Too many inmates are dying at Delaware County's jail.

Since 2005, at least eight inmates have died at the George W. Hill Correctional Facility in Thornton, the only privately run jail in Pennsylvania. The latest fatality is Kenneth Kallenbach, 39, who died April 24 after contracting pneumonia at the lockup. He had been held there awaiting trial since mid-March.

Last year, a woman died at the jail after being held there for six weeks. She suffered from a thyroid condition; her family said she was not receiving her medication.

In 2005, five inmates died in five months. Two were apparent suicides; one was a heroin overdose.

GEO Group, which operates the facility, has faced lawsuits over these deaths. It has problems elsewhere. In Texas, where GEO runs more than a dozen prisons, it has come under criticism for alleged mismanagement and foul conditions. One inspector called an adult facility in Texas operated by GEO the worst he'd ever seen.

"They're horrible," said Pennsylvania House Speaker Dennis O'Brien (R., Phila.), who is sponsoring a state prison reform bill. "Absolutely freaking horrible." His political rival, Rep. John Perzel (R., Phila.), has served on GEO's board since 2005.

Eight deaths in little more than three years is alarming in a facility that has a duty to take care of its inmates. Yet there's little outward indication that the county's five-member prison board or GEO are taking significant steps to find out what has gone wrong, or investigate whether policies need to be changed.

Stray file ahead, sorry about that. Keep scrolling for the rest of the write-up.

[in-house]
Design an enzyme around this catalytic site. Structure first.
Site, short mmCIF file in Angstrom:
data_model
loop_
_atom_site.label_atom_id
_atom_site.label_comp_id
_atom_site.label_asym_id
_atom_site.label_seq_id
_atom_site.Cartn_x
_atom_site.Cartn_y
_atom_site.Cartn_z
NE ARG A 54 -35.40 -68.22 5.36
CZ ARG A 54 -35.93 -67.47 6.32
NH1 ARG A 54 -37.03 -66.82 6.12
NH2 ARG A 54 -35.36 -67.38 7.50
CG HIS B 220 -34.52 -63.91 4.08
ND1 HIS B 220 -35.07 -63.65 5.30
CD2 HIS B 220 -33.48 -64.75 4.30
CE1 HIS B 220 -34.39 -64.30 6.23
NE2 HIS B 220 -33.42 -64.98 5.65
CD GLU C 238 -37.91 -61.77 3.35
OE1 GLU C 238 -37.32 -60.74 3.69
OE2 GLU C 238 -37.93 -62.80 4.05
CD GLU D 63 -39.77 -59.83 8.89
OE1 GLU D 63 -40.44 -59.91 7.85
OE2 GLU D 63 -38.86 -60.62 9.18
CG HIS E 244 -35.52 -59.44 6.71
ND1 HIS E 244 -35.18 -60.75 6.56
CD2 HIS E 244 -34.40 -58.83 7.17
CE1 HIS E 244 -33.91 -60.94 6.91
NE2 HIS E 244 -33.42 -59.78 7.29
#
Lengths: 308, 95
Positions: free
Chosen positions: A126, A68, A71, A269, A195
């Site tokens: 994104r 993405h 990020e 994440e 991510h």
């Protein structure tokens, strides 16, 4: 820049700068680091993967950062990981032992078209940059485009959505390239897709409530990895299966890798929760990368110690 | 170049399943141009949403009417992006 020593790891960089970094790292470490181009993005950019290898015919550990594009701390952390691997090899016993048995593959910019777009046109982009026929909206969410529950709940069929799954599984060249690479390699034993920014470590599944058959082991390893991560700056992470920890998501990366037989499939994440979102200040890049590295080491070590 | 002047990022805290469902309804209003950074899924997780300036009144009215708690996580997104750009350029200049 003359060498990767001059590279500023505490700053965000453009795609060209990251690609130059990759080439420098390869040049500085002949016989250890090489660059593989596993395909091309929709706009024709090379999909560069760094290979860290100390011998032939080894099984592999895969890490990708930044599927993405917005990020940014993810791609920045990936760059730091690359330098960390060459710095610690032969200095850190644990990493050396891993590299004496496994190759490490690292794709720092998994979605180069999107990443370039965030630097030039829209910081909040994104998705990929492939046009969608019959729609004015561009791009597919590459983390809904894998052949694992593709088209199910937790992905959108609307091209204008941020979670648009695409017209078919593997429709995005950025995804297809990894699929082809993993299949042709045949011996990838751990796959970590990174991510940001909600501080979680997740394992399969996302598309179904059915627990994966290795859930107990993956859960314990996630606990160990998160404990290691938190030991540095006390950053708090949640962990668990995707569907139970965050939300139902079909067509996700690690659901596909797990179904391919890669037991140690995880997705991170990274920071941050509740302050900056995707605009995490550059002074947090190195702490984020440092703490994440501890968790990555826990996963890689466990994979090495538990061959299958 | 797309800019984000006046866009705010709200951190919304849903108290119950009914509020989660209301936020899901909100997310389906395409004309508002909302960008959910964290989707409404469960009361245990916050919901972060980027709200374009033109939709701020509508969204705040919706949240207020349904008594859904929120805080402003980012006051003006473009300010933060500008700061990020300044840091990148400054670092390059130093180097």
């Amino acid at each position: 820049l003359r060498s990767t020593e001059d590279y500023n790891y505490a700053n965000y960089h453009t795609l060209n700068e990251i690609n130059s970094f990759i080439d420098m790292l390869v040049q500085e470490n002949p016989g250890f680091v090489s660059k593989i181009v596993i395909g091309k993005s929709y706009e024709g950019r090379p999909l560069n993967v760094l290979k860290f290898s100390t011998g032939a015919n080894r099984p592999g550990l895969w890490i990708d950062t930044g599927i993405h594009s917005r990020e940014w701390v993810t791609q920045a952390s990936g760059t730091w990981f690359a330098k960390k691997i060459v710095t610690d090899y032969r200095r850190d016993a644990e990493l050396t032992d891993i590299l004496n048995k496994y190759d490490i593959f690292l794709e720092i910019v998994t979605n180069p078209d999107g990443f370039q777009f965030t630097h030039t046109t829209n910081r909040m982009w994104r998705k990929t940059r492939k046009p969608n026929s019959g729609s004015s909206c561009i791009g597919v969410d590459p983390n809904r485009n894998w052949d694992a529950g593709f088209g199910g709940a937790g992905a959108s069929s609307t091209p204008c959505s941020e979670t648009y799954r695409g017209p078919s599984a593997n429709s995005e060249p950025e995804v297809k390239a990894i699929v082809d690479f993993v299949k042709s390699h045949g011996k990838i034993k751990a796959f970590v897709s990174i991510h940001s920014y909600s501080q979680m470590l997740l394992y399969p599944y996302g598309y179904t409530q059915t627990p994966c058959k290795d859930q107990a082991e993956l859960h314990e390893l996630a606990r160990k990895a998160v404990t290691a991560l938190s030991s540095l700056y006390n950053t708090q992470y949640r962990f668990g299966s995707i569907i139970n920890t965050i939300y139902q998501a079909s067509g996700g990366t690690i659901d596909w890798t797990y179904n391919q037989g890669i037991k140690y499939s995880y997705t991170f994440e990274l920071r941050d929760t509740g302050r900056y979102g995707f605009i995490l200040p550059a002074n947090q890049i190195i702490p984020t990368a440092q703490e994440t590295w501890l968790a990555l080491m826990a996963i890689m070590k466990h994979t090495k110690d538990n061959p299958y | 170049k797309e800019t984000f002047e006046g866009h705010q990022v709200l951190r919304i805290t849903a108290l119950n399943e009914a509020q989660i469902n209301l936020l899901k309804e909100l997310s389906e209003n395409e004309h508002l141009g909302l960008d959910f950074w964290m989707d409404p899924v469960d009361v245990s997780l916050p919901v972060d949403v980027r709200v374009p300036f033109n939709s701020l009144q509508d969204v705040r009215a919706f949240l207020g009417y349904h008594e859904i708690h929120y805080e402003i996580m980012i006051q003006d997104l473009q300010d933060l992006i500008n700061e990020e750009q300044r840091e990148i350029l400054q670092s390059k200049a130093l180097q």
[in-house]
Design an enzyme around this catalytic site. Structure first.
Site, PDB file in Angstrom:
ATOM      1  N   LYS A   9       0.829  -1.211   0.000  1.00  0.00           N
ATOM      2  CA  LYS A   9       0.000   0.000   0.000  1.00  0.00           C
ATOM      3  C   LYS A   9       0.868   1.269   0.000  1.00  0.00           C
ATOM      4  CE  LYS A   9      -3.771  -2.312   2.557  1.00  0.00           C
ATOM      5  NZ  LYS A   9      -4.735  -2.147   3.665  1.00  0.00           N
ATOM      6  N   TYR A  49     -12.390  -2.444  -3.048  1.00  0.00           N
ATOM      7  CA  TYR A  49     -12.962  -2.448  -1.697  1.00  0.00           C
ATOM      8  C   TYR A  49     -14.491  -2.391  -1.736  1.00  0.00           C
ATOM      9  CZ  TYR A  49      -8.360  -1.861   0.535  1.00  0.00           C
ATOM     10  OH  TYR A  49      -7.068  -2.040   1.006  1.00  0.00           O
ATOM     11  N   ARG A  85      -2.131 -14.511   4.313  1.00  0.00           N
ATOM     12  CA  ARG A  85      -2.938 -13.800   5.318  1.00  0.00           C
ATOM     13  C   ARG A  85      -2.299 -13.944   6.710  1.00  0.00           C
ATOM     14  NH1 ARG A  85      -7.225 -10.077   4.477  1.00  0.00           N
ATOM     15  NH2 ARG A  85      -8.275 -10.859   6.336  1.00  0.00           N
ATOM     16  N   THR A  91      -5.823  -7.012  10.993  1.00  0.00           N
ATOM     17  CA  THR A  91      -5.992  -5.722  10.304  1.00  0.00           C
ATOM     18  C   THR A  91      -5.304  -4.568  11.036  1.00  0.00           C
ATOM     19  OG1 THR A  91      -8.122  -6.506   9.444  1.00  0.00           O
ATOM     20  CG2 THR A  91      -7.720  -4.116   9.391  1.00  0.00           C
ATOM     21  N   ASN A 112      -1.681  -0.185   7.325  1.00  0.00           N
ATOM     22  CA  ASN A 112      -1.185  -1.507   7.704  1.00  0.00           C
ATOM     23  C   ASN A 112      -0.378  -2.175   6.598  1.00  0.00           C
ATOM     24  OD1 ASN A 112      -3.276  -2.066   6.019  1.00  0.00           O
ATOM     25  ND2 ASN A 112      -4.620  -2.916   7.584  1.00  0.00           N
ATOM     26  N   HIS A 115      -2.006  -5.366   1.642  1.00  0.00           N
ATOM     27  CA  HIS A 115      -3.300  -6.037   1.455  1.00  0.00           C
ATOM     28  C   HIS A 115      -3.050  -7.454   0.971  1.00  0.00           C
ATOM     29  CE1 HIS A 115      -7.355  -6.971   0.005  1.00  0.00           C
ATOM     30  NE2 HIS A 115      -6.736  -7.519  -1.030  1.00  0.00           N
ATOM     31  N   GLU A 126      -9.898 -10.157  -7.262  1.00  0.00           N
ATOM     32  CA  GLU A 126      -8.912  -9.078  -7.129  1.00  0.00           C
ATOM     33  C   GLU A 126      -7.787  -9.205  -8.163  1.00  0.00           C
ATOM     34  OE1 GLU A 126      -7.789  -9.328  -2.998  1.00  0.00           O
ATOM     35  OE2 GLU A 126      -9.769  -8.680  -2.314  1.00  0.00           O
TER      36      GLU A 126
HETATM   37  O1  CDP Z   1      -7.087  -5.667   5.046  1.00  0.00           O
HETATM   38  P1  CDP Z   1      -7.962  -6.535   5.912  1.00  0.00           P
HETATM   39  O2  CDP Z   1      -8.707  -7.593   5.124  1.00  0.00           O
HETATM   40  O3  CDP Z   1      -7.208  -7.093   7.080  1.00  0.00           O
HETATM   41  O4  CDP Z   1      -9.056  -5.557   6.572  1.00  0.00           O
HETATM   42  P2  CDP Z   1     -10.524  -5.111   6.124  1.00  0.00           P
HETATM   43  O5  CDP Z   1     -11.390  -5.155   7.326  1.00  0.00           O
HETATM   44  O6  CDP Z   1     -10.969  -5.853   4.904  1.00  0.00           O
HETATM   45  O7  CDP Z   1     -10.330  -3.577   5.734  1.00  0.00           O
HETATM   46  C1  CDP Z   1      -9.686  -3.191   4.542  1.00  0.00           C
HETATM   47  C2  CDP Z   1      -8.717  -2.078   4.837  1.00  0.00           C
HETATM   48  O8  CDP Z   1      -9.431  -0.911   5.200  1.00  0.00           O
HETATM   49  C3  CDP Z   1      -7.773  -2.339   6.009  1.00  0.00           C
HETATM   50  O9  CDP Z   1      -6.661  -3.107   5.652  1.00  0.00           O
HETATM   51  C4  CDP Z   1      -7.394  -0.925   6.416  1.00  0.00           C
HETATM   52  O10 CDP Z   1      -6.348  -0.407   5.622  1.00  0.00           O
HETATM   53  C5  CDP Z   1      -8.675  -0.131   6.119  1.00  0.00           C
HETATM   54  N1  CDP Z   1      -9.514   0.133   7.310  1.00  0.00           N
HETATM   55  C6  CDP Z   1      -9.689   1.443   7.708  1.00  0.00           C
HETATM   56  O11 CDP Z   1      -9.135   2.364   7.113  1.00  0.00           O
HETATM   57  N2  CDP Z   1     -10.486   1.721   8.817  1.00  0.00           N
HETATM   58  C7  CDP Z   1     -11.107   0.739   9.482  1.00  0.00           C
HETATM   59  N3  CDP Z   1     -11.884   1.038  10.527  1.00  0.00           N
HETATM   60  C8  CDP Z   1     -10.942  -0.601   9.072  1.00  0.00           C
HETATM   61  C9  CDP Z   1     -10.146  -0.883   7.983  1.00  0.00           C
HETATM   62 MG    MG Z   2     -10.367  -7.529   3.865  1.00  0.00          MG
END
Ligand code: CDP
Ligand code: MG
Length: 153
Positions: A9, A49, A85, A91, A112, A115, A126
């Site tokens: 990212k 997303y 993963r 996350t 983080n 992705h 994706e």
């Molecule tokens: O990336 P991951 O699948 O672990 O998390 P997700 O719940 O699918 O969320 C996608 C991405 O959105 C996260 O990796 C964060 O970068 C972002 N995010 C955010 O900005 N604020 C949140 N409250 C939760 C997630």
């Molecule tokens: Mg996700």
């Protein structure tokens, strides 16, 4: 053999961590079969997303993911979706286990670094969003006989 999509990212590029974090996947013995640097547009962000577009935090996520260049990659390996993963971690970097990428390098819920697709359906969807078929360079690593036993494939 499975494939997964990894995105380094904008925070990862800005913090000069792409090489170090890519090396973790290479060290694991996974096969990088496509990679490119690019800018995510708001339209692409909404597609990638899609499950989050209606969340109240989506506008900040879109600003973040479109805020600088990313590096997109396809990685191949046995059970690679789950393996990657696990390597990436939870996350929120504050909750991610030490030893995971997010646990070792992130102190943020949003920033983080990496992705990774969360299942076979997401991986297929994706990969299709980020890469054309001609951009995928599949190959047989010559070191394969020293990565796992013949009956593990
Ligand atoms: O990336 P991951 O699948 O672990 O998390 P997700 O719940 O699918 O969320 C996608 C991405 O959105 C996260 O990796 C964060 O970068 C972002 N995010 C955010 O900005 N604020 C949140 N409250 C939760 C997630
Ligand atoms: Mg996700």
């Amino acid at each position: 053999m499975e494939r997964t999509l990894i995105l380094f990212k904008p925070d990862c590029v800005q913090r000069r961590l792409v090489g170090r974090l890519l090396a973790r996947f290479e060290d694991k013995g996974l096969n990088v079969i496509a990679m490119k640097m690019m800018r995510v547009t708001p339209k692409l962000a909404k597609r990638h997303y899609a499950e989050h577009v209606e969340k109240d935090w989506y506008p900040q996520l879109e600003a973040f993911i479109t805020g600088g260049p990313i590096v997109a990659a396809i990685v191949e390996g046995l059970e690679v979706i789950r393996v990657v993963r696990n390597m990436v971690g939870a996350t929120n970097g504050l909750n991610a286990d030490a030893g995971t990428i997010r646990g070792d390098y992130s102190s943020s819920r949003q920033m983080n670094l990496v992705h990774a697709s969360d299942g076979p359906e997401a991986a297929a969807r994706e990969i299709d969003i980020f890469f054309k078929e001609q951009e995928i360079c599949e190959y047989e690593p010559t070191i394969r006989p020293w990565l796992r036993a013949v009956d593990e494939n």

It's especially troubling that some of these inmate deaths allegedly involved the lack of proper medical care. Suicides, unfortunately, do occur in prisons, despite corrections' officers best efforts to prevent them. But a for-profit facility, especially, should have high standards of medical treatment.

Delaware County has been paying GEO more than $30 million annually to run its jail. County officials have boasted that they were saving $1 million per year by outsourcing the prison operation. They should be asking whether another outfit could do a better job, or whether this for-profit model is even working.

The jail deaths raise questions about whether the county has enough leverage in its contract with GEO to enforce better accountability. The prison superintendent is allowed to impose fines on GEO for failing to maintain adequate staffing. But judging from the continued problems at the jail, those fines have not been enough.

GEO describes the Delaware County facility as efficient and accredited. OK, but that doesn't account for the deaths of these inmates. GEO and the prison board owe the general public, as well as the inmates' families, an explanation for these failings. They should also explain how they intend to make this facility less deadly.